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Reader letter: 'The Royals are major players in our tourist industry' so why should they pay for Buckingham Palace repairs?

PUBLISHED: 13:37 06 December 2016 | UPDATED: 13:37 06 December 2016

Queen Elizabeth II leaves Westminster Abbey in London after a service to mark the 60th anniversary of the Duke of Edinburgh's Award scheme. Photo: Yui Mok/PA Wire

Queen Elizabeth II leaves Westminster Abbey in London after a service to mark the 60th anniversary of the Duke of Edinburgh's Award scheme. Photo: Yui Mok/PA Wire

Press Association

It's good to know people donate to charitable causes like Children in Need, but people are barking up the wrong tree when they suggest the Queen should pay for the refurbishment of Buckingham Palace.

The Queen owns Balmoral Castle and Sandringham House and these are not publicly funded, she doesn’t own Buckingham Palace so why should she pay for the repairs?

Buckingham Palace is the property of the Crown Estate as is No 10 Downing Street, Windsor Castle and a few other items, rather like (bizarrely) all of the UK’s seabed.

We know there are those of a republican mind who believe the Queen and her entourage are a waste of money and they are entitled to their opinion, but I believe the majority view is we would be a poorer nation without them.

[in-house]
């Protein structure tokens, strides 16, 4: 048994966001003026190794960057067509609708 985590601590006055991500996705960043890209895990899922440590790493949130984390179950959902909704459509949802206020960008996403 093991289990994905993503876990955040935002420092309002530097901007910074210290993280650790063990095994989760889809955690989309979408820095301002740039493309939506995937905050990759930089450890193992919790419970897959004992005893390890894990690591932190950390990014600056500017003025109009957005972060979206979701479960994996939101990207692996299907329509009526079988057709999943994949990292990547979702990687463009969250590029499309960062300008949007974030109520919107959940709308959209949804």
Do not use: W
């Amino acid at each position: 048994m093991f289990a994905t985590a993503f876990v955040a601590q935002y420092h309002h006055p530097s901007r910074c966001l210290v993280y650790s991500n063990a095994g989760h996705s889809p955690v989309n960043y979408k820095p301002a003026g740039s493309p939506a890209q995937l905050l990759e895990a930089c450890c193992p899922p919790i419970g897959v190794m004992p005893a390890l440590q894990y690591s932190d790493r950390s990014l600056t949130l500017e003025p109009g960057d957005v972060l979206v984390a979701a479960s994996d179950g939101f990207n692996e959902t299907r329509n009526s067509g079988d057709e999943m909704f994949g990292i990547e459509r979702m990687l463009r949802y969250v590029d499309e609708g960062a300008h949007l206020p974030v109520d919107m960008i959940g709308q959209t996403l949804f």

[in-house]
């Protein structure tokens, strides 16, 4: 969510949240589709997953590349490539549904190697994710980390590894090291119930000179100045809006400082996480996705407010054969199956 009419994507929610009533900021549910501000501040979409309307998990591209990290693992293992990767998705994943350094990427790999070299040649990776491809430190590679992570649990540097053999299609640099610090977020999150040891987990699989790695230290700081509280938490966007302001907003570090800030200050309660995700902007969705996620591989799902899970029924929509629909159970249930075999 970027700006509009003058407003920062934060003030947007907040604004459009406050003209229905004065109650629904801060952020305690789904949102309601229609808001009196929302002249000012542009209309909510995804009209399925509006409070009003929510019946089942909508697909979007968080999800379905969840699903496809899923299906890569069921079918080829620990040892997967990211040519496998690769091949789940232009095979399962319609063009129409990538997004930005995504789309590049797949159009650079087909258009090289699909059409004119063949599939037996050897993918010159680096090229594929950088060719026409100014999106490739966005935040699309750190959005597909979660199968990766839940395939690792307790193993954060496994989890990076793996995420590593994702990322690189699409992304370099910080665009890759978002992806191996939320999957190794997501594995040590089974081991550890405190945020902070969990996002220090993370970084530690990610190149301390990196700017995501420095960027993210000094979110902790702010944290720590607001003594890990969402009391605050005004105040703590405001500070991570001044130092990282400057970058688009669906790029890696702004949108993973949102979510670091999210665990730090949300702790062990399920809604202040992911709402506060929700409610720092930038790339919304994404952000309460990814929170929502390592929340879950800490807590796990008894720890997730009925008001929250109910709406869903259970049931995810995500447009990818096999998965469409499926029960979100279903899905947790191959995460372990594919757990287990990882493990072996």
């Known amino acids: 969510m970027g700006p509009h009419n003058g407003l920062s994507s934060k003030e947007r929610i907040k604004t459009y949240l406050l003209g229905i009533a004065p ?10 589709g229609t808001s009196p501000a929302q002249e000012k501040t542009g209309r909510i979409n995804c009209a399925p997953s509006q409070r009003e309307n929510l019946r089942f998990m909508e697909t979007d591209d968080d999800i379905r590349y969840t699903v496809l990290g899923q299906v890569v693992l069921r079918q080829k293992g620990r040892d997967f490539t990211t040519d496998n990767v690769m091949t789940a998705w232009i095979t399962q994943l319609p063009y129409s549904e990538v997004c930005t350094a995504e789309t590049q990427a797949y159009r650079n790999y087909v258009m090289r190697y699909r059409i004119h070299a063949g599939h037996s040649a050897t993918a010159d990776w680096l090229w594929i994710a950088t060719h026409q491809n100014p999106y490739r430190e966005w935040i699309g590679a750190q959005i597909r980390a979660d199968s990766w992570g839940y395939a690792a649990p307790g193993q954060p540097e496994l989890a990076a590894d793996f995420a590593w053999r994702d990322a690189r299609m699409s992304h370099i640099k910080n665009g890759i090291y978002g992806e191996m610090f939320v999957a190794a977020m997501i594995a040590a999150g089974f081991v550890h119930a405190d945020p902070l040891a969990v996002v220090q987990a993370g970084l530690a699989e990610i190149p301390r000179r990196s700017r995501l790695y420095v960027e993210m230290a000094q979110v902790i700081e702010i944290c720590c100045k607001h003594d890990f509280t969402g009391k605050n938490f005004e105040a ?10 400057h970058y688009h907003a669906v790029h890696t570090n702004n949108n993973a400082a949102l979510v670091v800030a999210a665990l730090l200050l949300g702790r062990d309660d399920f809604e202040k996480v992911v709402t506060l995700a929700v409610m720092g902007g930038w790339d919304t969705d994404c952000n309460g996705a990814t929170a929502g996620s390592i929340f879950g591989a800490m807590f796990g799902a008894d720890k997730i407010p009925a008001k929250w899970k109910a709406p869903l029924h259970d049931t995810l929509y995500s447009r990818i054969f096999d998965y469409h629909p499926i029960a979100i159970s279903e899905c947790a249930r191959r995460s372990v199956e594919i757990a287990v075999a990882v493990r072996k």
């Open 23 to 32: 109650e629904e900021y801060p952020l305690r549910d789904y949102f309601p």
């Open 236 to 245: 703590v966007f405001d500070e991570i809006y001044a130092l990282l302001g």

If we’re talking value for money, numbers, let’s look at tourism.

Like it or not, the Royals are major players in our tourist industry, all those Americans, Chinese, Japanese, et al don’t come to London to gawp at our politicians.

Tourism generates over £106 billion, yes that’s right, £106,000,000,000. Every year.

It employs over two million folk and supports thousands of organisations, ergo it is a very important part of the UK’s business.

Thus a spend of £379 million spread over several years on a key tourist attraction looks like a good investment.

This anti-Royal view is the same one that says we should not have a Royal Yacht.

Most would agree with that in the old sense of the word, ie a large ship purely for transporting members of the Royal Family about.

However, post-Brexit there is a good case for saying such a ship would tour the world (most of the time without the Queen) acting as a unique British floating conference centre promoting British business interests and expertise where it counts.

No doubt we’d have the doomsayers demanding the spend should be on this or that worthy cause but — we need to make money, lots of money, before we can spend it.

Paul Milner, Holway Road, Sheringham.

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